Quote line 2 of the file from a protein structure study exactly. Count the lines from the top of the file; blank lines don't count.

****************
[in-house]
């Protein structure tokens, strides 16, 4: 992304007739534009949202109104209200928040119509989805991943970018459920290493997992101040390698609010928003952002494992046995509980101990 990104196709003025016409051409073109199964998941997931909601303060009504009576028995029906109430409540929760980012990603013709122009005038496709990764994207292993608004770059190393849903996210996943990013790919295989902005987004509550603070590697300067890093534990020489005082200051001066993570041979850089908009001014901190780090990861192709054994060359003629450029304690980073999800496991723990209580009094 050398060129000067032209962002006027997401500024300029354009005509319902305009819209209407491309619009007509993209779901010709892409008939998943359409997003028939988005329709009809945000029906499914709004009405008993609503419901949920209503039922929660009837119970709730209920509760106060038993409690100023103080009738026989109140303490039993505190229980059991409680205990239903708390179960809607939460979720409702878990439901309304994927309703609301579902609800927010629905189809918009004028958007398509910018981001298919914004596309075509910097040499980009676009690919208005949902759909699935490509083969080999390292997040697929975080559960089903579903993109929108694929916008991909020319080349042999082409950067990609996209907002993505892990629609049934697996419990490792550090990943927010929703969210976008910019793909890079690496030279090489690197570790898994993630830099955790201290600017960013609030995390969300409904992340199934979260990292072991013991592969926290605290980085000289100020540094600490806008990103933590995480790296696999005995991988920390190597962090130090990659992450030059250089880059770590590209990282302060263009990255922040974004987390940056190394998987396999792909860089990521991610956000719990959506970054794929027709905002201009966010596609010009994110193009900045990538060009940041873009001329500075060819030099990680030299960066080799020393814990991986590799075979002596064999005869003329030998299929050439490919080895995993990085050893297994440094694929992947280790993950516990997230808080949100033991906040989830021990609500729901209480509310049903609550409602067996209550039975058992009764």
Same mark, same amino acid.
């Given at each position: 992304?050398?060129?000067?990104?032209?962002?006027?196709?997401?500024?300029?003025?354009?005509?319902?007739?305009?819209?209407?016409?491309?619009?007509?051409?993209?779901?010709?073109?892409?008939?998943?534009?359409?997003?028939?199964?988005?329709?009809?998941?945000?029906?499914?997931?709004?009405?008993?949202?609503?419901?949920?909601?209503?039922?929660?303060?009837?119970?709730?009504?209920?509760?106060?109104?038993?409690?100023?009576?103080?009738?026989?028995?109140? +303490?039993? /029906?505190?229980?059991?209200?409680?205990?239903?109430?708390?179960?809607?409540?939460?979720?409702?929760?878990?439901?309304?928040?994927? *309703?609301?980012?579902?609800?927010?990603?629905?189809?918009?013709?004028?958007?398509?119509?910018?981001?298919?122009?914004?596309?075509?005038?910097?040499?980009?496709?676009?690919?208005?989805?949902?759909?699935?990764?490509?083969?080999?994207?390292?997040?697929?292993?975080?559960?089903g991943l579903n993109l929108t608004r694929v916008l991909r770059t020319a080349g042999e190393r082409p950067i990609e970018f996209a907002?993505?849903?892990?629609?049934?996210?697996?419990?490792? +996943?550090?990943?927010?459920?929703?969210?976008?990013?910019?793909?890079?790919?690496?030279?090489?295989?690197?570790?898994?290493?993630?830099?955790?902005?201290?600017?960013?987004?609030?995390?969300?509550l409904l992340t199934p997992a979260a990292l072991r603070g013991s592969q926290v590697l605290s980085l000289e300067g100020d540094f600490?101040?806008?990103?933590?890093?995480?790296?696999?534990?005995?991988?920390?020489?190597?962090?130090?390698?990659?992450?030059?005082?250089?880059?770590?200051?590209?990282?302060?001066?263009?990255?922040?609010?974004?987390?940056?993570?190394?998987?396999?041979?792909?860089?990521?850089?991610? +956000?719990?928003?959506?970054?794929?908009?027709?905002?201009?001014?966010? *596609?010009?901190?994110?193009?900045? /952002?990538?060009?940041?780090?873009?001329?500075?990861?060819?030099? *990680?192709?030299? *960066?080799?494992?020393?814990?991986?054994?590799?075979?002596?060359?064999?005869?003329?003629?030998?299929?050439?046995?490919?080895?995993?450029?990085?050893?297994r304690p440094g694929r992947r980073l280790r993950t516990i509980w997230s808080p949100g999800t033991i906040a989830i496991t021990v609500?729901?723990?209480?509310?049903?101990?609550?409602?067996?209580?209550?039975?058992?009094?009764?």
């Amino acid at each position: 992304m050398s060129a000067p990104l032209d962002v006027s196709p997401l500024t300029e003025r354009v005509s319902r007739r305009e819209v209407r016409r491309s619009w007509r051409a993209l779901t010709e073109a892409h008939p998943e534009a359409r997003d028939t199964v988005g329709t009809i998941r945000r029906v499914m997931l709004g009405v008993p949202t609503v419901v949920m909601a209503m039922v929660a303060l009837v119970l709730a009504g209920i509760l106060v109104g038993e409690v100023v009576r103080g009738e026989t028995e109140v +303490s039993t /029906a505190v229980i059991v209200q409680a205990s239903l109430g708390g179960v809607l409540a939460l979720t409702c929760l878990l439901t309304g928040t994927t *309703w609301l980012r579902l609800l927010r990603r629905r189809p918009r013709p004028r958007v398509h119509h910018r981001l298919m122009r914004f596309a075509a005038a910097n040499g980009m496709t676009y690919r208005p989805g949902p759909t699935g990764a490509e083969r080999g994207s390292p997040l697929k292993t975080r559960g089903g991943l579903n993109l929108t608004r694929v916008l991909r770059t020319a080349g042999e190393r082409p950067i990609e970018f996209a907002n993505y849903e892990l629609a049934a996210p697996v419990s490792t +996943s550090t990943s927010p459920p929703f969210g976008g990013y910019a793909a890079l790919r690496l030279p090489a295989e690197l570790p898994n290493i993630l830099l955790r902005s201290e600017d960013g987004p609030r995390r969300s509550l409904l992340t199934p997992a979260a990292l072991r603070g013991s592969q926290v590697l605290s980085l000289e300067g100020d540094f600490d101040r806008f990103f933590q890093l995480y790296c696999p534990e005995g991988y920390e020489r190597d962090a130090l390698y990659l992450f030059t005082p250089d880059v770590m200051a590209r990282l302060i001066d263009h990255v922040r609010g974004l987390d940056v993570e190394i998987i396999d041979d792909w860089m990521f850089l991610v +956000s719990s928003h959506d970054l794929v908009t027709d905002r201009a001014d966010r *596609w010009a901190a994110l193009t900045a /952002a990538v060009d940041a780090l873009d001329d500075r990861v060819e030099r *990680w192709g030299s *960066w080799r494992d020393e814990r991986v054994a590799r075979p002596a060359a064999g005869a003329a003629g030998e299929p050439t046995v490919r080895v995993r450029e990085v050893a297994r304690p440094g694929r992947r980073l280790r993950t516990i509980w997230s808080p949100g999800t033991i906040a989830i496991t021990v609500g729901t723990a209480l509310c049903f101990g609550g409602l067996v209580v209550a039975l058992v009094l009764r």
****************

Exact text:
């Protein structure tokens, strides 16, 4: 992304007739534009949202109104209200928040119509989805991943970018459920290493997992101040390698609010928003952002494992046995509980101990 990104196709003025016409051409073109199964998941997931909601303060009504009576028995029906109430409540929760980012990603013709122009005038496709990764994207292993608004770059190393849903996210996943990013790919295989902005987004509550603070590697300067890093534990020489005082200051001066993570041979850089908009001014901190780090990861192709054994060359003629450029304690980073999800496991723990209580009094 050398060129000067032209962002006027997401500024300029354009005509319902305009819209209407491309619009007509993209779901010709892409008939998943359409997003028939988005329709009809945000029906499914709004009405008993609503419901949920209503039922929660009837119970709730209920509760106060038993409690100023103080009738026989109140303490039993505190229980059991409680205990239903708390179960809607939460979720409702878990439901309304994927309703609301579902609800927010629905189809918009004028958007398509910018981001298919914004596309075509910097040499980009676009690919208005949902759909699935490509083969080999390292997040697929975080559960089903579903993109929108694929916008991909020319080349042999082409950067990609996209907002993505892990629609049934697996419990490792550090990943927010929703969210976008910019793909890079690496030279090489690197570790898994993630830099955790201290600017960013609030995390969300409904992340199934979260990292072991013991592969926290605290980085000289100020540094600490806008990103933590995480790296696999005995991988920390190597962090130090990659992450030059250089880059770590590209990282302060263009990255922040974004987390940056190394998987396999792909860089990521991610956000719990959506970054794929027709905002201009966010596609010009994110193009900045990538060009940041873009001329500075060819030099990680030299960066080799020393814990991986590799075979002596064999005869003329030998299929050439490919080895995993990085050893297994440094694929992947280790993950516990997230808080949100033991906040989830021990609500729901209480509310049903609550409602067996209550039975058992009764």